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EU Commission publishes first steps in new list of non-cooperative jurisdictions

Monday, 19 September, 2016

The European Commission has issued a preliminary analysis of third countries that are to be assessed as potentially non-cooperative tax jurisdictions.


The process for establishing the 'Common EU list of third country jurisdictions for tax purposes' was announced in January this year, as part of a draft anti-avoidance directive. It is aimed at countries that the EU Commission considers 'refuse to play fair' by its definition of 'tax good governance standards'.

The Commission has started the process by applying a 'neutral scoreboard of indicators' (pre-assessment) to identify which countries the EU 'should start a dialogue with regarding tax good governance issues' and to help 'inform member states' choices when deciding which countries they should begin screening' – which will start next year.

The scoreboard presents information on every country under three indicators: economic ties to the EU, financial activity, and stability factors but it does not represent any judgment of third countries, nor is it a preliminary EU list.

Exemptions and indicators

All non-EU countries and tax jurisdictions in the world were analysed to determine their risk of facilitating tax avoidance. The original announcement in January stated that there would be no special exemptions for developing countries, but that appears to have been retracted. The Commission's preliminary 'scoreboard of indicators' explicitly excludes the 48 countries identified by the United Nations as the least developed. It also excludes the five jurisdictions that have a transparency agreement with the EU – i.e. Switzerland, Liechtenstein, Andorra, Monaco and San Marino – as well as the 28 EU member states themselves.

That leaves 160 jurisdictions on the initial screening list. The Commission has ranked these in two stages. The first stage is a measure of their 'economic relevance' based on the strength of their economic ties with the EU, their level of financial activity, and their political and social stability (selection indicators).

Once the most economically relevant jurisdictions were identified, the Commission did a basic assessment of the potential risk level of these jurisdictions facilitating tax avoidance. The risk indicators used were: transparency and exchange of information; the existence of preferential tax regimes; and the lack of corporate income tax or a zero corporate tax rate.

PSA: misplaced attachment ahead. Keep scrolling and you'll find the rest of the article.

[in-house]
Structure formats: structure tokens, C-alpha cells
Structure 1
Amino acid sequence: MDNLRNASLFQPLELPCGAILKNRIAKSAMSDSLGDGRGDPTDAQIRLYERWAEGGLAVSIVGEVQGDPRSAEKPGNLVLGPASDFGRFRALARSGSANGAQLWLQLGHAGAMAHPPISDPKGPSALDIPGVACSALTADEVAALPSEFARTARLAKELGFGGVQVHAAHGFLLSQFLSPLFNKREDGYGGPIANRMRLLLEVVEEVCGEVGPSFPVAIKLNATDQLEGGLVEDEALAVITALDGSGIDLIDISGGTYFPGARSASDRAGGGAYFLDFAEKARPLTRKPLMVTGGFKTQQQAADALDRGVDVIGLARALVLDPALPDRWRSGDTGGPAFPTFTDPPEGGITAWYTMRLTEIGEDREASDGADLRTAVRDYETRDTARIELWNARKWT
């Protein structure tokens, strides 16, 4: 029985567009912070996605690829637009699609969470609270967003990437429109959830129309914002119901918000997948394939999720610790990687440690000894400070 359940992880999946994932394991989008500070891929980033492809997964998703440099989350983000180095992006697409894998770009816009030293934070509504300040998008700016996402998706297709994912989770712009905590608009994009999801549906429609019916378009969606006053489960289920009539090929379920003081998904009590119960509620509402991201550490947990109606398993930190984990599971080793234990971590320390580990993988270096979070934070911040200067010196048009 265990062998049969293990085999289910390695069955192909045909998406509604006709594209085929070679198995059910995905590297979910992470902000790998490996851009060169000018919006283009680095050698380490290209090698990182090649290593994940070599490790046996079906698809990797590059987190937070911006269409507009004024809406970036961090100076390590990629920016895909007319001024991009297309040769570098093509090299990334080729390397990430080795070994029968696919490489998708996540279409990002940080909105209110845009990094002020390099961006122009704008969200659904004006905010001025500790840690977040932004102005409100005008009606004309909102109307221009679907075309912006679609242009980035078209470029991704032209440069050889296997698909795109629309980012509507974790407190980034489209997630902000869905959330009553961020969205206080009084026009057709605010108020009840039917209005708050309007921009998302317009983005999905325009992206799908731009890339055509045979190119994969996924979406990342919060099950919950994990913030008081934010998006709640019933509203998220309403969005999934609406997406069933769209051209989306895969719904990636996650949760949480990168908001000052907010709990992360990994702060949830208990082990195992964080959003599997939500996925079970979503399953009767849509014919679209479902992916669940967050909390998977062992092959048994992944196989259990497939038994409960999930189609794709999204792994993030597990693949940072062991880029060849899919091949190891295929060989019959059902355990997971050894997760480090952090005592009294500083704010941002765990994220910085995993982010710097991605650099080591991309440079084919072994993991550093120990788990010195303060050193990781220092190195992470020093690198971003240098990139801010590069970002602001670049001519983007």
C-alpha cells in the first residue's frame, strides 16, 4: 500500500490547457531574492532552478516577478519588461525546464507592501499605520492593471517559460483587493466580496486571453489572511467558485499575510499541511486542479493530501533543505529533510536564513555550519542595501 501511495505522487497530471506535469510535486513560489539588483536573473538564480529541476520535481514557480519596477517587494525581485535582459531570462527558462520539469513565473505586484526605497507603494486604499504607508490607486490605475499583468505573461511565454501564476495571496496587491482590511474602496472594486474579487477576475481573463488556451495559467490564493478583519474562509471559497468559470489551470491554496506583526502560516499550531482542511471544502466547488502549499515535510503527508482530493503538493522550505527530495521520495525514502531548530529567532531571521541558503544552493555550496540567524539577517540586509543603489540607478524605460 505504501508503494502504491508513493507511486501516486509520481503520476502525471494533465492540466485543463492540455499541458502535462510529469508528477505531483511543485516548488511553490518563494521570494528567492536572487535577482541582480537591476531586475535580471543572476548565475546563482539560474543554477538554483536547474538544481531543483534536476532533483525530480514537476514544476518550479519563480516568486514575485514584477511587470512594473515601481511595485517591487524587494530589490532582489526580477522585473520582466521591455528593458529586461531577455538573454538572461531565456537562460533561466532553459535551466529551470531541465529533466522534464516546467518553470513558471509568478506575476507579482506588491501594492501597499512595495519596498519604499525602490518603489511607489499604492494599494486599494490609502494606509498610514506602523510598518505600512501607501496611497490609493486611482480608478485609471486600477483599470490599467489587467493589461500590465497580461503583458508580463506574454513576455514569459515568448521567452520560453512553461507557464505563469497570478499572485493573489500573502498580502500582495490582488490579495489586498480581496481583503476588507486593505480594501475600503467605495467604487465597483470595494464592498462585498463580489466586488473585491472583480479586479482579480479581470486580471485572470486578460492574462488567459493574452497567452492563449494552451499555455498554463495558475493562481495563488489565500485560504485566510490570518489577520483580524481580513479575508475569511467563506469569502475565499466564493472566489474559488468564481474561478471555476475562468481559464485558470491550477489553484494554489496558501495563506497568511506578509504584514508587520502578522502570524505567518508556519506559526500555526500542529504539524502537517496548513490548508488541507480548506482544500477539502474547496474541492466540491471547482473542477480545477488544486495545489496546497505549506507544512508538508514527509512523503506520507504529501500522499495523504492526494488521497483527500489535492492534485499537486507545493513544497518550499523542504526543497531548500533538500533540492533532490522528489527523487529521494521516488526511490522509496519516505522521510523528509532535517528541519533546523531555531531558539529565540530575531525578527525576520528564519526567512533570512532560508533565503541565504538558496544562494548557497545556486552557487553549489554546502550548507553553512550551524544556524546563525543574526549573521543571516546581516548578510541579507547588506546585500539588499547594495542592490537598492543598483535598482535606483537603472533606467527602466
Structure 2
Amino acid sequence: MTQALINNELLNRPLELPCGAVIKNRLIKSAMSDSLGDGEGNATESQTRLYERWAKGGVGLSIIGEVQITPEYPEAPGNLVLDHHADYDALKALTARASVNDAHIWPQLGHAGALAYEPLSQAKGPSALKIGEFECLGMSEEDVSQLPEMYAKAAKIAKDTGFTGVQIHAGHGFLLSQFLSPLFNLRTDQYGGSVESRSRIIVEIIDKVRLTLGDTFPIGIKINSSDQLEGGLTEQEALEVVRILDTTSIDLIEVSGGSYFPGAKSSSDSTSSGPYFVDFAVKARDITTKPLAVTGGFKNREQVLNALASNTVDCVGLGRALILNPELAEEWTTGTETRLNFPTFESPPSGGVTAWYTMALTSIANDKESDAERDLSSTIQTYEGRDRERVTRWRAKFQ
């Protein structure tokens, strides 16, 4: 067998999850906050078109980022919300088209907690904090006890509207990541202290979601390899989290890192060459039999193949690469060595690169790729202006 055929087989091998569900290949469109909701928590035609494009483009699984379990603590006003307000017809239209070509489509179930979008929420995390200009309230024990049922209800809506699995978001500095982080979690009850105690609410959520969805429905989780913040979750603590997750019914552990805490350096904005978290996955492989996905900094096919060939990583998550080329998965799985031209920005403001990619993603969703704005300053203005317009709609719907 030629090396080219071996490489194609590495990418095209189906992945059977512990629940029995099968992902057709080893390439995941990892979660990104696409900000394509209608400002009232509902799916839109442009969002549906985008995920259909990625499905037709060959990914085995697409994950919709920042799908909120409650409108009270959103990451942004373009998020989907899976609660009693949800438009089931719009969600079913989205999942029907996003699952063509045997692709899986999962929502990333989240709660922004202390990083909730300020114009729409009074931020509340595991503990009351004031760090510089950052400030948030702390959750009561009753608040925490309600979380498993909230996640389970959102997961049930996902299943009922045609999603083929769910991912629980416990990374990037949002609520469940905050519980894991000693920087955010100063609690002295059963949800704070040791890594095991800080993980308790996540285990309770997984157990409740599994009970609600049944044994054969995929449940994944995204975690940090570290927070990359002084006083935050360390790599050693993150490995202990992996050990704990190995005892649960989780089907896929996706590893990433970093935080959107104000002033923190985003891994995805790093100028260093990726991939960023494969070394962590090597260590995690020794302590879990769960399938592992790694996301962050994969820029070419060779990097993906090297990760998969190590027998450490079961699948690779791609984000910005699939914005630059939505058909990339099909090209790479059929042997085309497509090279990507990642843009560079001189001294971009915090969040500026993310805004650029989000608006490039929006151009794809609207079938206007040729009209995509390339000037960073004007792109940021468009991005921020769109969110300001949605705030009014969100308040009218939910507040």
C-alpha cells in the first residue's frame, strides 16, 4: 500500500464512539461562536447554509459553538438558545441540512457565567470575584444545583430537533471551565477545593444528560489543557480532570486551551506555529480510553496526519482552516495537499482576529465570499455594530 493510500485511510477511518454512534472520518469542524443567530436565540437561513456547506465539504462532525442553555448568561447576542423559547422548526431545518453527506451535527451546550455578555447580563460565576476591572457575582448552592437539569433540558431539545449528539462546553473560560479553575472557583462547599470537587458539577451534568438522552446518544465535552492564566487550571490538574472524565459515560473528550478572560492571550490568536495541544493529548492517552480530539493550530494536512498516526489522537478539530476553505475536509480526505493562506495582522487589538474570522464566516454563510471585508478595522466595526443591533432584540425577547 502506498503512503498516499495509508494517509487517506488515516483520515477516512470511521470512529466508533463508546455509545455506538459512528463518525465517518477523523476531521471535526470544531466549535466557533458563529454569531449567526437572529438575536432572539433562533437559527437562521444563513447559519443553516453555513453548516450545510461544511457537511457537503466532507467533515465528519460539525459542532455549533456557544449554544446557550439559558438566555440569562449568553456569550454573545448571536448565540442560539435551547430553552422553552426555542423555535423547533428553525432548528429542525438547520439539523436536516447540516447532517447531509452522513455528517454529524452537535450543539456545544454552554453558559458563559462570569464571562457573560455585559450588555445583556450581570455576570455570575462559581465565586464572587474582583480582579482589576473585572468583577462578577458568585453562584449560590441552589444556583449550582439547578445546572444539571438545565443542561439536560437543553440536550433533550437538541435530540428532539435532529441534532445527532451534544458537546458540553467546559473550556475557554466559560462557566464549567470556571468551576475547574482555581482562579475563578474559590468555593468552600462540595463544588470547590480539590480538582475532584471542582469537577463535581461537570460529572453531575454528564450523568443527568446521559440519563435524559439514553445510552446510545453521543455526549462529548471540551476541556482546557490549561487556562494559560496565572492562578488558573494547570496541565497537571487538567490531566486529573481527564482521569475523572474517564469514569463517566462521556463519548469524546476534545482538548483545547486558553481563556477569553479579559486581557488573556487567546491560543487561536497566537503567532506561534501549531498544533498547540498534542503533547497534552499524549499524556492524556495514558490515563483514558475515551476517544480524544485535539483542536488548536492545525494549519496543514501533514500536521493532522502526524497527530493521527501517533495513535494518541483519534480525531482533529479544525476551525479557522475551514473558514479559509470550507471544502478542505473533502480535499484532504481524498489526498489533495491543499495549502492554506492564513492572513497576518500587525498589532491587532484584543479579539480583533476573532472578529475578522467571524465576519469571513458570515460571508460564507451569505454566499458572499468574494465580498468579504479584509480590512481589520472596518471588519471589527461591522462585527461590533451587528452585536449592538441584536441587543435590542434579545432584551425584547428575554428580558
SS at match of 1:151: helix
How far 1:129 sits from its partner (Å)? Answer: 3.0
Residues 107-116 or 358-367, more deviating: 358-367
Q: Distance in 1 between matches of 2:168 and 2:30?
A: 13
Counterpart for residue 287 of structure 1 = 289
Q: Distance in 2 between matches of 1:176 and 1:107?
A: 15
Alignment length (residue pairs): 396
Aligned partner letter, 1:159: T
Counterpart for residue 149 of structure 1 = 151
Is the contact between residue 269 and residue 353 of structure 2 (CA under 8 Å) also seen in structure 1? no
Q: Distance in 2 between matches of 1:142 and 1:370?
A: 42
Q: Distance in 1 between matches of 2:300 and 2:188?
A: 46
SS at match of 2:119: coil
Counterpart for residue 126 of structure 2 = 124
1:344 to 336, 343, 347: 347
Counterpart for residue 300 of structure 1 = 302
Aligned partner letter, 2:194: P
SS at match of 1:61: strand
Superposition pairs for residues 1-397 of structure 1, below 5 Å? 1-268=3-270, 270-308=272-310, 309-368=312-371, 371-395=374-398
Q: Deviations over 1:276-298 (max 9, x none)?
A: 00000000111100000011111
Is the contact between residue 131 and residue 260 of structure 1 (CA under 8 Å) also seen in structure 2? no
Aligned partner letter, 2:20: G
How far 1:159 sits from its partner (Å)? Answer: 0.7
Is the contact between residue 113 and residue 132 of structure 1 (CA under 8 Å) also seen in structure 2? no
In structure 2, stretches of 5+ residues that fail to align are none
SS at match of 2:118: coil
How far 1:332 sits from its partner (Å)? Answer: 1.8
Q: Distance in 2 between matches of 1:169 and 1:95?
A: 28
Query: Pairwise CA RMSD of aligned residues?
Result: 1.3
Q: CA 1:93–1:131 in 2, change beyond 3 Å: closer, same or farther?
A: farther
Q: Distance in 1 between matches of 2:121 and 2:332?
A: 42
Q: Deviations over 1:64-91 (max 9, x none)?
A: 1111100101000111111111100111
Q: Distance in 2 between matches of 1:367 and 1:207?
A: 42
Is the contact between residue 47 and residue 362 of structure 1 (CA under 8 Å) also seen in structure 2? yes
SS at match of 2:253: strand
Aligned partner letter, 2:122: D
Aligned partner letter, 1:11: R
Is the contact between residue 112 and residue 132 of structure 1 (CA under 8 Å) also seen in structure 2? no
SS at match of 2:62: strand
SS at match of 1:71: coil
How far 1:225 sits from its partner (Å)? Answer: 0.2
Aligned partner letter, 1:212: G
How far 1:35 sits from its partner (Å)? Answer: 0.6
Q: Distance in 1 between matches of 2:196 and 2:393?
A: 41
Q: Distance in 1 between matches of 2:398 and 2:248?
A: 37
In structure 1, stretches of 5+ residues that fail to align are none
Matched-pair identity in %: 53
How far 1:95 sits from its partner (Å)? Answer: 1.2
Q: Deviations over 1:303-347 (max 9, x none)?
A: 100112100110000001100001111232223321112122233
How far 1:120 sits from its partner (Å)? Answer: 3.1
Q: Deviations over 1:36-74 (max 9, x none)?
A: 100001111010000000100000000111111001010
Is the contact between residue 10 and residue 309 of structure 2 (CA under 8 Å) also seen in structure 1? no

Member states will now decide which jurisdictions are to be 'screened'. After discussions with these countries, the Commission will recommend which countries should be listed. The aim is to being screening the selected countries next January, with a view to having a first EU list of non-cooperative tax jurisdictions before the end of 2017.

'A common EU list of non-cooperative jurisdictions will carry much more weight than the current patchwork of national lists when dealing with non-EU countries that refuse to comply with international tax good governance standards. An EU list will also prevent aggressive tax planners from abusing mismatches between the different national systems', says the EU Commission.

  • The OECD is also running a similar but independent blacklisting process using its own criteria.
  • In June 2015, the EU Commission published a so-called 'blacklist' of 30 'non-cooperative' jurisdictions which the Commission claims to not meet EU standards of transparency, exchange of information and fair tax competition. However, many were cautious of this list, which George Hodgson, Deputy Chief Executive of STEP called 'a curious piece of work'.



Submitted by William Ahern on Tue, 20/09/2016 - 01:08

The EU has a nerve running around the world judging individual tax systems against their criteria. They would be better off trying to do something about their bloated and inefficient bureaucracies . As they continue to lose influence in the world people will respond by saying " it's a compliment to be on your list" or simply "who cares?"